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to cover or not

Post in 'The Wood Shed' started by mattjm1017, Apr 12, 2013.

  1. mattjm1017

    mattjm1017 Feeling the Heat

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    Corapeake NC
    Im building up my supply for the next couple of years Ill be stacking the majority of the wood out in the field near my barn which should give it plenty of sun and wind. The question that is coming up is should I cover the top with something or leave it completely uncovered? What are the benefits of both my biggest concern is when it rains or we get a hurricane would that impede the drying process?

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  2. PapaDave

    PapaDave Minister of Fire

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    Depends on when you plan to use it. Best to stack in single rows the first year or 2 and top cover only. Don't drape the cover down the sides. That will tend to trap the moisture you're trying to get rid of.
    I don't cover, but I'm more than 2 years ahead. The wood stays uncovered until the year of use, then gets put in the shed after we've had at least a few dry days.
    I'd like to cover the drying stacks, but it's beyond me right now, and really isn't needed......in my situation.
    firefighterjake likes this.
  3. USMC80

    USMC80 Minister of Fire

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    This is my first year top covering, I still roll it back when I know its going to be nice for a couple days.
  4. firefighterjake

    firefighterjake Minister of Fire

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    I'm with Papa . . . it may matter more depending on where you live in terms of climate . . . and when you plan to burn the wood.

    I have several stacks outside uncovered that sit in the rain and snow . . . but after a year or two outside they go under cover in the woodshed for another year and then in Year 3 or 4 they get burned.
  5. Trilifter7

    Trilifter7 Feeling the Heat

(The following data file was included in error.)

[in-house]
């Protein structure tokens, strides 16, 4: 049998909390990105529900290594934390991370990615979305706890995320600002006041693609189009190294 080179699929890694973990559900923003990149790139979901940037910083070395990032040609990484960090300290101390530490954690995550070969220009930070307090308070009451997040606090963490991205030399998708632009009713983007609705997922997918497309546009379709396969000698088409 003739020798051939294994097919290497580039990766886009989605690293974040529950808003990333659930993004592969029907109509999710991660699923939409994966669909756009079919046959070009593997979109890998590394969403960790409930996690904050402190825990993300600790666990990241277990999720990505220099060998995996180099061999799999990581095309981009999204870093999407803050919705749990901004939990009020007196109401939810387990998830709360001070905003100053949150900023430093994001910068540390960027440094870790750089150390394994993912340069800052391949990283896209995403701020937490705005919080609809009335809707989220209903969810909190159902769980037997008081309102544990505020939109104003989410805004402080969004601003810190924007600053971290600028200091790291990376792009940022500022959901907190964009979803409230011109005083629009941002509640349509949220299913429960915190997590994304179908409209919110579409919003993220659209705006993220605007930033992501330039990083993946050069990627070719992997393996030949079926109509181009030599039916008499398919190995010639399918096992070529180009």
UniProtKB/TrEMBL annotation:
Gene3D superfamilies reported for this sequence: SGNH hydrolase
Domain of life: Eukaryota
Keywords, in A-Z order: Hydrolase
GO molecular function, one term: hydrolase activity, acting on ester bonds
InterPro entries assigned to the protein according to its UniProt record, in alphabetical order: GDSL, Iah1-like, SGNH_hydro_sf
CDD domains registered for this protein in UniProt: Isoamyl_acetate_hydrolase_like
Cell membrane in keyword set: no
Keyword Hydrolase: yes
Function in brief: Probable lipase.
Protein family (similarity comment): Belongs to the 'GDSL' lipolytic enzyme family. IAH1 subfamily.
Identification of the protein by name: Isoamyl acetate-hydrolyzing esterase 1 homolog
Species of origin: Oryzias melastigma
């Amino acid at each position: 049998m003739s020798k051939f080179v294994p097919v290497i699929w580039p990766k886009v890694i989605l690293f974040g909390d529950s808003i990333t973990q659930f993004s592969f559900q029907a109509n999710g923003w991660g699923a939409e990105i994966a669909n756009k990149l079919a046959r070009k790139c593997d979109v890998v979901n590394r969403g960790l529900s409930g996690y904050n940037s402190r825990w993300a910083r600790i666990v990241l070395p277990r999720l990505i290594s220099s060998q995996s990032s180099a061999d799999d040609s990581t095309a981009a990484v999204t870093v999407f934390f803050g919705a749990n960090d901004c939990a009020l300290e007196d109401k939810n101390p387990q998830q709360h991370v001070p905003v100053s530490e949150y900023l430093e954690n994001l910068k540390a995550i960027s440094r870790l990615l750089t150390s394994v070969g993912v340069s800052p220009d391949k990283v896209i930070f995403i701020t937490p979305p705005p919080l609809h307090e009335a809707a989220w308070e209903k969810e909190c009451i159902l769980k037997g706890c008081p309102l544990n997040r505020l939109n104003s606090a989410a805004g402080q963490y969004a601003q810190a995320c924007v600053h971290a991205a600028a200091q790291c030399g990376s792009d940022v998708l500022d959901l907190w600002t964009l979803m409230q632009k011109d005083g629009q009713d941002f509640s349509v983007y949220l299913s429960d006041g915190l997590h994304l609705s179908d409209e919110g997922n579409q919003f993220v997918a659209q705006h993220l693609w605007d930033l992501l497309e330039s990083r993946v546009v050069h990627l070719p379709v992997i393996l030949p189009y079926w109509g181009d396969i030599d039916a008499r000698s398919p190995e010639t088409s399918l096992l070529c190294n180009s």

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    Beavercreek Ohio
    I'm top covering right now, but I am also in my first year of getting ahead so I will be burning it next year. I'm almost 2 years ahead so I am going to stop top covering once I get 3 years ahead. I plan on just keeping dry what I plan to burn next season.
  6. Wood Duck

    Wood Duck Minister of Fire

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    I think my order of preference for seasoning firewood, if I had unlimited materials and space, would be 1. Covered in a nice airy shed or with a rigid top cover that allows lots of air movement; 2. uncovered; 3. covered with a tarp or plastic that hangs down the sides, holds in moisture, and keeps out fresh air. Strangely, method three seems to be the most popular method around here.
  7. Slow1

    Slow1 Minister of Fire

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    I started out not covering at all, then put a tarp cover on my "this winter" pile to make it easier to keep snow from packing in. Last spring I covered my entire "this year" pile with a tarp and I believe it helped quite a bit. Mind you, the tarp is a top cover only, comes down the sides about 1/2 to 1 split worth and is stapled all around in this manner. That pile is a large one - about 12'x8'x5' giving me somewhere between 3.5-4 cords in one place. Having it covered all summer and into the fall I do believe made a difference in terms of how dry the splits were when I burned. I certainly didn't find any signs of problems (mold in center etc) that I had feared would be the worst case so I think the air circulated well enough through sides of the 'wood borg' to keep that from happening.

    My other piles are typically double-stacked in rows about 12' long (4 pallets). As I had noticed quite a bit of leaf mulch in the tops of these piles when I moved them over I top-covered my new double stack last fall after I built it (same tarp stapled into first layer of splits). This seems to be working well enough at letting leaves etc blow off the top and not work in between the two rows of wood. I don't know if it will actually speed up drying or not, but I don't think it will hurt.

    I plan to top-cover all my new piles as I build them now and perhaps in a couple years I'll know if it really helps or not.
  8. bogydave

    bogydave Minister of Fire

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    I think top covering if a long rainy period is coming is good, but most of the time leave it uncovered.
    I leave mine out in double rows, uncovered for a year then 2 years under a "wood-port" type shed
    until it's burned.

    But top cover for a Hurricane, would you, could you ?
    Not much chance the cover would stay on, most stuff would become flying objects